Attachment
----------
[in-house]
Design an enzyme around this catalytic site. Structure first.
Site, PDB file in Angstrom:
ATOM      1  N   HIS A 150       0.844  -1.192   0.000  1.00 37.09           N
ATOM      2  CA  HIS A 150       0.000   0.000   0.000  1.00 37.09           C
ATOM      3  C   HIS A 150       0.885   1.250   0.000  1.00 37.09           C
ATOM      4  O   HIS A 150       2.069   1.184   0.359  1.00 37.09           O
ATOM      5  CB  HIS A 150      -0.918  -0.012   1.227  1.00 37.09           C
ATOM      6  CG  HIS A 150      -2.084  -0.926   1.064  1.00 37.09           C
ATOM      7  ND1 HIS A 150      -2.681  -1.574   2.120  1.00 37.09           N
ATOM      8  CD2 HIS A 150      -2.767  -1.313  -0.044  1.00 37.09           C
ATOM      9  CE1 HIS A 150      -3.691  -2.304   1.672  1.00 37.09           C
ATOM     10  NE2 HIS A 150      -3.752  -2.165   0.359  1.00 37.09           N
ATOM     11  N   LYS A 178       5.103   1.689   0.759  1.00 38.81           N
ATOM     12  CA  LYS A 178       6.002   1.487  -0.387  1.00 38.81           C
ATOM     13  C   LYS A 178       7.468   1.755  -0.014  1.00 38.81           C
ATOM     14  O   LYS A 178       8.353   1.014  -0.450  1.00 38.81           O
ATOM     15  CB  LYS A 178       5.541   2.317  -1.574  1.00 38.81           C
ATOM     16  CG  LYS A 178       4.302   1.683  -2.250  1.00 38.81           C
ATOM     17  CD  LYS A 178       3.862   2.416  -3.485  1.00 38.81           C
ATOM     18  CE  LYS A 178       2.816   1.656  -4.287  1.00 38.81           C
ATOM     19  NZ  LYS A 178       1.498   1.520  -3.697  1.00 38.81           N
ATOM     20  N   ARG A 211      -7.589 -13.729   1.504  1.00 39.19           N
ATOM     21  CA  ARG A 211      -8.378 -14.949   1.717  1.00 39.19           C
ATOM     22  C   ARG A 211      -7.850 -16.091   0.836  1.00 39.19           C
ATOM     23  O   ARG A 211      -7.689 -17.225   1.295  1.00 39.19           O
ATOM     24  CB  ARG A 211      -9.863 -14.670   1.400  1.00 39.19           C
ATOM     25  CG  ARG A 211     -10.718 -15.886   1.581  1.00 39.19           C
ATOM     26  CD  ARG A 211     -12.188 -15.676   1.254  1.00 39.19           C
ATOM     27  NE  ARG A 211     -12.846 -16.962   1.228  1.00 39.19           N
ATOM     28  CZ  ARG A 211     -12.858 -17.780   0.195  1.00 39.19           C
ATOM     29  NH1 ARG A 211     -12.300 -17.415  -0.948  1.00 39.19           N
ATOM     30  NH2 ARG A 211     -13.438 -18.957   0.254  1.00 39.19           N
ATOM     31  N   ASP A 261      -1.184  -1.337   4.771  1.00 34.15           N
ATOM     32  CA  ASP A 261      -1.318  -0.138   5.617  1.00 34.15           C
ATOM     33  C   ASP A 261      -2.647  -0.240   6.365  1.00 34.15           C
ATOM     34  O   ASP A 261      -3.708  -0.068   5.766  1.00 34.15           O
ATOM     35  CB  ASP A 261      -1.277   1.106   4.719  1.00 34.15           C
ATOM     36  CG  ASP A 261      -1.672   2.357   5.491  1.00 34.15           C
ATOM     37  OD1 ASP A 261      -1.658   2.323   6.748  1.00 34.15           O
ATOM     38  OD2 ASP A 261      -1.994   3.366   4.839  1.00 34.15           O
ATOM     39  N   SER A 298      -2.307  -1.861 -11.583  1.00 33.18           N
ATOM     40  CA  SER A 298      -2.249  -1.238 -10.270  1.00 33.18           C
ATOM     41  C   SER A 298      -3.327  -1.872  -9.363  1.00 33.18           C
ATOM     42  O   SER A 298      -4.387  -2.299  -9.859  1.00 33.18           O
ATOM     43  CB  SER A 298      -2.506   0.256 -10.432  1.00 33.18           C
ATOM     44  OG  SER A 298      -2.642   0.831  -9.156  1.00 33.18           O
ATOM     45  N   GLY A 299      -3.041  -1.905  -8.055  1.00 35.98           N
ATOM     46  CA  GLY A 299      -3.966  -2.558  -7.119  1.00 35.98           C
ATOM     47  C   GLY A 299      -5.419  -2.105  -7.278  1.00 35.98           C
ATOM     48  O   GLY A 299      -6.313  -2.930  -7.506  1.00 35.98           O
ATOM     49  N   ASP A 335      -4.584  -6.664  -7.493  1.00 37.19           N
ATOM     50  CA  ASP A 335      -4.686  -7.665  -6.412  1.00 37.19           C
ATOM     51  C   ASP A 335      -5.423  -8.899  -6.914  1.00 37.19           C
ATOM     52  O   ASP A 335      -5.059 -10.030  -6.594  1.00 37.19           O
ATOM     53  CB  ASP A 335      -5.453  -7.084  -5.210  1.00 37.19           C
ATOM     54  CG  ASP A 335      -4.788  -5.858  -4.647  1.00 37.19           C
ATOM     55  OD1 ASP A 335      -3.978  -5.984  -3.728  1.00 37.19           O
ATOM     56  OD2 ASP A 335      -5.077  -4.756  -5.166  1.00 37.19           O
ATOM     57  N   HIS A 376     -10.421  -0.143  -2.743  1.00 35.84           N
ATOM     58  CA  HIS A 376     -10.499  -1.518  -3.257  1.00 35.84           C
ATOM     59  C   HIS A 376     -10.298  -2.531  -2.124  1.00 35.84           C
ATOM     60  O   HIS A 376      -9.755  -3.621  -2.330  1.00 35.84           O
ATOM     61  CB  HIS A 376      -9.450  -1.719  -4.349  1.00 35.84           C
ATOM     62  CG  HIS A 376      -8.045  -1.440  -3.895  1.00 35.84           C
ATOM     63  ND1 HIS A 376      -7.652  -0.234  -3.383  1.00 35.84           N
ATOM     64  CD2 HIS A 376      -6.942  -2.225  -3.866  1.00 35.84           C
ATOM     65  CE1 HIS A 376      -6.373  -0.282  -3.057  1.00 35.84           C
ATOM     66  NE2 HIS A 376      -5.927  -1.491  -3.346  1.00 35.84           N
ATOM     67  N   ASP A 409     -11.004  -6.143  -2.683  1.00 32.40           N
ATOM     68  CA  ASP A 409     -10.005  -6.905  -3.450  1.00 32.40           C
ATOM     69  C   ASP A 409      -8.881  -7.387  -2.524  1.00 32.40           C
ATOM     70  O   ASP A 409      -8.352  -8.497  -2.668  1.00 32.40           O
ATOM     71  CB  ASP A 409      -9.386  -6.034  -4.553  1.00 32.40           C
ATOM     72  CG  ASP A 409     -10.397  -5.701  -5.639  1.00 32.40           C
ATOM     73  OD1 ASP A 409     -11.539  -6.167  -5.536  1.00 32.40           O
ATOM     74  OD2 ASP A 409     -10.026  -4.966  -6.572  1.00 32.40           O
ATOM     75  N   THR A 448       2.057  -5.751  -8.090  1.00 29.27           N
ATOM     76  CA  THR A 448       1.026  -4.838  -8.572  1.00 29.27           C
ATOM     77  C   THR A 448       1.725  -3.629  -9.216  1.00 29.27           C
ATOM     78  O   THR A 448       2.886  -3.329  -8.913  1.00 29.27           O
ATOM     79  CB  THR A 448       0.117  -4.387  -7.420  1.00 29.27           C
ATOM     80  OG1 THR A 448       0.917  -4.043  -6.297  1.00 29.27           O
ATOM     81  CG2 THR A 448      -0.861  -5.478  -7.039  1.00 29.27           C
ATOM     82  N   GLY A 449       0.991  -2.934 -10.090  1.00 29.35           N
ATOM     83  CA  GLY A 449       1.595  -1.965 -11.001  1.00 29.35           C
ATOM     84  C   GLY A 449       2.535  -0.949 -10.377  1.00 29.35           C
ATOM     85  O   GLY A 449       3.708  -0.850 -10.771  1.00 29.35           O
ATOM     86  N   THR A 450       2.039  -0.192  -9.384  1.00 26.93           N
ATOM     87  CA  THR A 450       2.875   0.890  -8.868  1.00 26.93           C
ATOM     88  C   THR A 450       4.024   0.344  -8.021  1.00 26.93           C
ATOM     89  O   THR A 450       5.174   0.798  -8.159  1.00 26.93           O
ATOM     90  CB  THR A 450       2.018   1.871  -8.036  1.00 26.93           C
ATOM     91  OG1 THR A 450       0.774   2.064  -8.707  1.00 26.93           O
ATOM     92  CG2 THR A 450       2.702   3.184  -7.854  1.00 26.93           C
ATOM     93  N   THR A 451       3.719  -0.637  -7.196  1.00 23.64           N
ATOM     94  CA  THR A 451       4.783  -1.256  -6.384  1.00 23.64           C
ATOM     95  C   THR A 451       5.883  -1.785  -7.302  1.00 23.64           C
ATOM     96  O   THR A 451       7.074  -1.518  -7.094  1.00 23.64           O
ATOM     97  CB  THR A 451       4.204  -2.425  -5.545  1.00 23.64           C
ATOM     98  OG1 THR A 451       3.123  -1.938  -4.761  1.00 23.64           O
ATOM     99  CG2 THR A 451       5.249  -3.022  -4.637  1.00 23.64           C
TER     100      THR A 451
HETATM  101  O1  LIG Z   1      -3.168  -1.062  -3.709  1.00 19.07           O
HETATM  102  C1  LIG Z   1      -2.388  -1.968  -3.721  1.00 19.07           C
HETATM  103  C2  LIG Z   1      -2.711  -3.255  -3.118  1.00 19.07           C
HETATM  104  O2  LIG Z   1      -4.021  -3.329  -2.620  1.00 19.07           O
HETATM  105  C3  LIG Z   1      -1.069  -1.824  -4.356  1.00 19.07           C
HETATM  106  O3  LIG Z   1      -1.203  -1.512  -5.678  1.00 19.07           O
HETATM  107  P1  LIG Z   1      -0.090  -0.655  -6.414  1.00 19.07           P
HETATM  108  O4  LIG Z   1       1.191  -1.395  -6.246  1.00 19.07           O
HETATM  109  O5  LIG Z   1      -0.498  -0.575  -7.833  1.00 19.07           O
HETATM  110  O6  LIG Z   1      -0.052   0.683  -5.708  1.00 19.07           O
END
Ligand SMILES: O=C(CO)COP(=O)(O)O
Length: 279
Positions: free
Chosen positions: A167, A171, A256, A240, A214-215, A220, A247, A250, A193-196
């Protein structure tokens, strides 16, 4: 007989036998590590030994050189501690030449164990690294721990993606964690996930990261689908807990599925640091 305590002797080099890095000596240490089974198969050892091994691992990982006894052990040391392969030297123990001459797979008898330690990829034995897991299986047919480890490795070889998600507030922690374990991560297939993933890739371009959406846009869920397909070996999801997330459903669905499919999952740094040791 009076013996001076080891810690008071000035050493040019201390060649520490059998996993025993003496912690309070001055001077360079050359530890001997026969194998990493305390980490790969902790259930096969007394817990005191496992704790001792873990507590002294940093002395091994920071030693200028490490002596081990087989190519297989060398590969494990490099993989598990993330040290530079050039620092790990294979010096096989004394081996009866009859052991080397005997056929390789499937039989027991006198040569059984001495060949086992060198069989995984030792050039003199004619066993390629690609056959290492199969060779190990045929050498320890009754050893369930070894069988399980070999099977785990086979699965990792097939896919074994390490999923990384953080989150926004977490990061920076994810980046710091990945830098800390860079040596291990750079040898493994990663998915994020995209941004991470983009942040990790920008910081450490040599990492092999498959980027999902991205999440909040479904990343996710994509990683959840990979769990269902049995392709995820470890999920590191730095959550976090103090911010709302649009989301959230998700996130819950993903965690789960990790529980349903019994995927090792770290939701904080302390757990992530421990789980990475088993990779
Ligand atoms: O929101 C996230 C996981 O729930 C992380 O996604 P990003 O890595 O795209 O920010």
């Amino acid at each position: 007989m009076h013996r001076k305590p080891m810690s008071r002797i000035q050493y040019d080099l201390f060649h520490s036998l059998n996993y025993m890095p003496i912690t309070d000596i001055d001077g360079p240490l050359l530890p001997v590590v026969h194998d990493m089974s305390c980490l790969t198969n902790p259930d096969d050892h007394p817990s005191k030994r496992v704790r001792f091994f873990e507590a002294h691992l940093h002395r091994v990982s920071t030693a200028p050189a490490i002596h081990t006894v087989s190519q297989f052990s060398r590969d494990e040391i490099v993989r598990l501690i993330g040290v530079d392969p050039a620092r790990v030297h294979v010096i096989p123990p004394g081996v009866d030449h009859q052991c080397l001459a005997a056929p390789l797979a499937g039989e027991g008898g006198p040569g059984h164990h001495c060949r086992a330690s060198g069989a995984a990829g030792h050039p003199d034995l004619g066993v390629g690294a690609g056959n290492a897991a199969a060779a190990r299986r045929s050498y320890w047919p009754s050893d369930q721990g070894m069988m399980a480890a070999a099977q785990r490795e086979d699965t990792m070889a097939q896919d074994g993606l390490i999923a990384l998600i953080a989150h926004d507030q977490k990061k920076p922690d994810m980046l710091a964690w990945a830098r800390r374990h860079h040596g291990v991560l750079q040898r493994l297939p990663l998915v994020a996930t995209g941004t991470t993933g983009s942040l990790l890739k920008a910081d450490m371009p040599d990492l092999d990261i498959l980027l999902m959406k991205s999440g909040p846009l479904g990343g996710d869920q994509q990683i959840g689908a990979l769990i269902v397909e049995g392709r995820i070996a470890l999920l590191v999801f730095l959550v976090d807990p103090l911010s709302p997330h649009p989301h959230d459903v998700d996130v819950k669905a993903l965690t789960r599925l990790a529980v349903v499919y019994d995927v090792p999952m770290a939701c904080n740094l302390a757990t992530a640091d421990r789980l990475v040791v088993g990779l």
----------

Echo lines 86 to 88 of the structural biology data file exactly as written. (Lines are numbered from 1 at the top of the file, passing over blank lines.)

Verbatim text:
ATOM     83  CA  GLY A 449       1.595  -1.965 -11.001  1.00 29.35           C
ATOM     84  C   GLY A 449       2.535  -0.949 -10.377  1.00 29.35           C
ATOM     85  O   GLY A 449       3.708  -0.850 -10.771  1.00 29.35           O